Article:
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Is there a simple way to preload all the cells in a uitableview?

I need to do this in order to change whether or not all the cells are checked. If I just use cellForRowAtIndexPath, and the user say unchecks all the cells, and then checks a visible cell and starts to scroll again, either the selected cell gets deselected or the newly loading cells are selected.

It seems the easiest way to go would be to preload all the cells if possible.


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3 Answers 3

up vote 3 down vote accepted

Please re-read the answer I wrote here to your previous, similar question, which explains one solution to your problem.

Again, you should consider keeping an array of on/off settings. You can use NSMutableArray or a C array of int or BOOL values, whatever you want. But it definitely sounds like you need a data model.

Your -tableView:cellForRowAtIndexPath: looks up values of this array. Each value in the array corresponds in some way to a row in the table.

If you only have one section, then you can simply use the ith element of the array to set the checked state of the ith row of the table view. If you use NSMutableArray to store NSNumbers, you can handle resizing quite easily.

If you have more than one section, keep an array of arrays. Each top-level array corresponds to a section. Each inner array corresponds to a section's rows.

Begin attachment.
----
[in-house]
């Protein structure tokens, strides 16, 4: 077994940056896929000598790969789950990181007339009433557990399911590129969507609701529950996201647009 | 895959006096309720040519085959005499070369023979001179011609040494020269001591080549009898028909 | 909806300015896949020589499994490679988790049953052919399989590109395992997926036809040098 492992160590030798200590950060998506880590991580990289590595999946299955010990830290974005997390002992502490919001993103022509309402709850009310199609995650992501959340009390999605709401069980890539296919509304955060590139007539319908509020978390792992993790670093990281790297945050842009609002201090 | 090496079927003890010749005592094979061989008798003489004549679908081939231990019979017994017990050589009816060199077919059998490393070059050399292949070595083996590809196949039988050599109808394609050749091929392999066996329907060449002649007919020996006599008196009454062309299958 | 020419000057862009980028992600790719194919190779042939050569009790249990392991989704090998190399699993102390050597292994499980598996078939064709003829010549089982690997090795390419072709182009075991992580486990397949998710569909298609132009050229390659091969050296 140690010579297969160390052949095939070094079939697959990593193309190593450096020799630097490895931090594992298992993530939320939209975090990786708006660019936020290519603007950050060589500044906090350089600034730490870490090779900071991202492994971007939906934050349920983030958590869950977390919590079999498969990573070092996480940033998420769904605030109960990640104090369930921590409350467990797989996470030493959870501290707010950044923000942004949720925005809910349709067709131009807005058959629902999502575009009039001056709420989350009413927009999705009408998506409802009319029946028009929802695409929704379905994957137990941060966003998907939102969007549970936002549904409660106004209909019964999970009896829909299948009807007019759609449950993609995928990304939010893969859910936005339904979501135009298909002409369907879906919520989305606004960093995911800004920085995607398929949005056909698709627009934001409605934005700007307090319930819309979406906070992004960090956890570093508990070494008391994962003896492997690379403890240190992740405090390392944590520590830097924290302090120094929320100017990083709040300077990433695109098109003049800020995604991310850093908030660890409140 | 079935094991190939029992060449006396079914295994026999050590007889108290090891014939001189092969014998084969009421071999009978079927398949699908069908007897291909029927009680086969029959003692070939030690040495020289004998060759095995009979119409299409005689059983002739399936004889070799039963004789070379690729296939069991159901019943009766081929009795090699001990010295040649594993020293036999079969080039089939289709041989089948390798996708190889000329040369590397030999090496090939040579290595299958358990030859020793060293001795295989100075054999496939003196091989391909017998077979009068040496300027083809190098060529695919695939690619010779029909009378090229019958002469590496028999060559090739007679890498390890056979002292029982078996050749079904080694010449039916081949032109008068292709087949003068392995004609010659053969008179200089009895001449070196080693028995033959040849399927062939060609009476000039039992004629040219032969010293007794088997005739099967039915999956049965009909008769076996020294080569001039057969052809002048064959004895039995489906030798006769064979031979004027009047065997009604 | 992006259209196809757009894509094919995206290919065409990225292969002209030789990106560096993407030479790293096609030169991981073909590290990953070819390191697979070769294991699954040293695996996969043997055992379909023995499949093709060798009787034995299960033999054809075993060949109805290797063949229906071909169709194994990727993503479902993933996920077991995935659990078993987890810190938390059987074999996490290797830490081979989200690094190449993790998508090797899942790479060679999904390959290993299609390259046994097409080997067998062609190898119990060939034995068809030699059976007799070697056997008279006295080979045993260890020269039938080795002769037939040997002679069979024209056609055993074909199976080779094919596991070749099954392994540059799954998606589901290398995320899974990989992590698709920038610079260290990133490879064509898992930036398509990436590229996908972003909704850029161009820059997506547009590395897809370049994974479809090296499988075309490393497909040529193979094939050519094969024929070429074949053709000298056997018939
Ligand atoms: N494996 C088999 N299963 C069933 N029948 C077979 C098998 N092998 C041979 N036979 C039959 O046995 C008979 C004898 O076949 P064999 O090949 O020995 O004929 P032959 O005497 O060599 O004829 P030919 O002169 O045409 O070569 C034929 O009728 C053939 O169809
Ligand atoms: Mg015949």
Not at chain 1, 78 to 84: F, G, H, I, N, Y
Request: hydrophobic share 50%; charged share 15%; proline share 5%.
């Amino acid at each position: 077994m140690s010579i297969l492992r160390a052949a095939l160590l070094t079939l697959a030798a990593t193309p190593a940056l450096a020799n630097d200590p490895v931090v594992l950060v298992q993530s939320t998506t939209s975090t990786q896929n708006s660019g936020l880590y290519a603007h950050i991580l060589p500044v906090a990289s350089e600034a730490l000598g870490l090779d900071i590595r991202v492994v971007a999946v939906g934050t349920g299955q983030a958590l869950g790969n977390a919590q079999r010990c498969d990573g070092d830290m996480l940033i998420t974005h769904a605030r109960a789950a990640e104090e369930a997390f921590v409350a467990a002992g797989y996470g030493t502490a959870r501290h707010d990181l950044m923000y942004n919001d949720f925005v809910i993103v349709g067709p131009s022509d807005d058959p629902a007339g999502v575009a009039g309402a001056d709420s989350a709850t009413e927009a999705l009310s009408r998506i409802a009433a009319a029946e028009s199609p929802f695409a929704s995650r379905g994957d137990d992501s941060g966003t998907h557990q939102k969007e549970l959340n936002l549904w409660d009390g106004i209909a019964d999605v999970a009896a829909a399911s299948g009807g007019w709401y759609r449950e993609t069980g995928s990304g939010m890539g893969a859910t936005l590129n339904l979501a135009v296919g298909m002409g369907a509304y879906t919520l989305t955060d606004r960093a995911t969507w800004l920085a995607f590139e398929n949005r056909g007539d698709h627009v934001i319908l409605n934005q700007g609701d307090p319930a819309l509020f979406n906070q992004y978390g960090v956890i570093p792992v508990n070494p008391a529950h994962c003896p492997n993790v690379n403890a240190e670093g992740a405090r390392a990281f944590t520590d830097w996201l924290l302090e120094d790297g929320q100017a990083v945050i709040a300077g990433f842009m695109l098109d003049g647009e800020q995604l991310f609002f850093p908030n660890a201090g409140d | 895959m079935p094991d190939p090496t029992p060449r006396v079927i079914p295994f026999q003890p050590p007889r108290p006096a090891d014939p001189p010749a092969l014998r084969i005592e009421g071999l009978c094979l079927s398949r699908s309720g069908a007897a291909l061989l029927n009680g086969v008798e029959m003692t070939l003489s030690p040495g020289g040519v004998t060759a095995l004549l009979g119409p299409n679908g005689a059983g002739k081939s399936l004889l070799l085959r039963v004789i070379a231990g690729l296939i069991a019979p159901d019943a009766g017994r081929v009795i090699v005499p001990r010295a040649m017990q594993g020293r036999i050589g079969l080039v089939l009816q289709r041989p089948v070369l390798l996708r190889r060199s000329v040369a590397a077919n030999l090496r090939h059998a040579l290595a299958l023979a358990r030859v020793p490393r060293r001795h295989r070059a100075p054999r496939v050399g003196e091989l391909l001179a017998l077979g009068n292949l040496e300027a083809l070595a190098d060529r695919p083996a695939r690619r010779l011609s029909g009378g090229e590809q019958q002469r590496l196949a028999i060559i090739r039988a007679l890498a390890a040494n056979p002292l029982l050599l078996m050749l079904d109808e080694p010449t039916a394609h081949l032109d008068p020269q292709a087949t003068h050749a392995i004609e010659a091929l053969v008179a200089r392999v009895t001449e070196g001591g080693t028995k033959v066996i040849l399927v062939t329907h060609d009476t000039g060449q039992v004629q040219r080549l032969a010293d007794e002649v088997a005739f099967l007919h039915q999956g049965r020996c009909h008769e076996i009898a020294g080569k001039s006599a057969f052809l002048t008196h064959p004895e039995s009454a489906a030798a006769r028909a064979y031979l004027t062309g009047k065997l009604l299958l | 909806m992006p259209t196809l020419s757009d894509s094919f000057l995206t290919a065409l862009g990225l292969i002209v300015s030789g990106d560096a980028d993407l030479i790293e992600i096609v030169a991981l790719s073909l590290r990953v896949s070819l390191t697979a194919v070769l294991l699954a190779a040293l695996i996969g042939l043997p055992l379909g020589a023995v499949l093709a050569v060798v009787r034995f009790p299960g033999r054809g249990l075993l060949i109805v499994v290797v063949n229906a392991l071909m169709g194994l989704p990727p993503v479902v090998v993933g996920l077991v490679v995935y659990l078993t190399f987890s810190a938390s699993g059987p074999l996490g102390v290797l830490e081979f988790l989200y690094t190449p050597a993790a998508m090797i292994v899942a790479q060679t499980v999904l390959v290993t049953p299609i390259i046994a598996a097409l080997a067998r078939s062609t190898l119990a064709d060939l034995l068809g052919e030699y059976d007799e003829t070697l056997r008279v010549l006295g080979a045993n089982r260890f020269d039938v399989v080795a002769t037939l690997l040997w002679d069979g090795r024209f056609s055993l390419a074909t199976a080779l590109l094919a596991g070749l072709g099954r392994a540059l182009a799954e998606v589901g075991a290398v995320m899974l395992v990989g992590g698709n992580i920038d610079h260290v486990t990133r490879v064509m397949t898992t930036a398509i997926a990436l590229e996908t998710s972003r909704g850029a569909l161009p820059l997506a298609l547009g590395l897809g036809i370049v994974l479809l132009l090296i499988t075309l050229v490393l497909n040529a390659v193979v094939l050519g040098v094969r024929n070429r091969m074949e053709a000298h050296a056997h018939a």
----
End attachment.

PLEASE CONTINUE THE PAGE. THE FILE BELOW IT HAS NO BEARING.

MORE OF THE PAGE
If you use NSMutableArray to store NSMutableArrays of NSNumbers, you can handle resizing and section addition and deletion quite easily.

The method -tableView:cellForRowAtIndexPath: then sets up cells with or without checkmarks, depending on the array's value.

Having a data model gives you the freedom to programmatically perform "select all" and "deselect all" button operations.

For example, when you click a button to "select all" cells:

  1. Loop through the array and set each value to YES or 1 or whatever "on" label you chose originally.

  2. Call [tableView reloadData], which is a method that goes back to -tableView:cellForRowAtIndexPath: and which will set a cell's checkmark state based on the state of values in the updated array.

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Don't use the cells as your database.

Your cells are just a narrow window onto your data. The cells just show you a few of the objects in the underlying data. If you try to preload all the cells so you could then select them all, the UITableView could die a slow death, or slow crawl. Especially if we're talking hundreds of entries.

If you want to select all the items in your data, you do so with a direct call to your data to select its objects. Then, you reload the data into your TableView with a reloadData and if everything is set up right, your cells will show the selected state.

Read up on UITableView. Look at Apple's samples. You need to see the separation of data from the view and the controller.

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No, you can't do this. You seem to be under the impression that a cell represents a particular piece of data, it doesn't. When the top cell scrolls off the screen it is usually recycled and brought in as the bottom cell. So a list that has hundreds of items you can scolled through may only ever have 8 or 9 cells alloc'ed and initialized.

You need to rethink your application's architecture. When you "uncheck all" it shouldn't change the visual state of the cell, it should change some state in the objects the cell represents, then when you load the cell for the object at that index path you should read that state and set the check mark appropriately.

The changes in the visual state of your cell should always be in response to changes in your underlying model.

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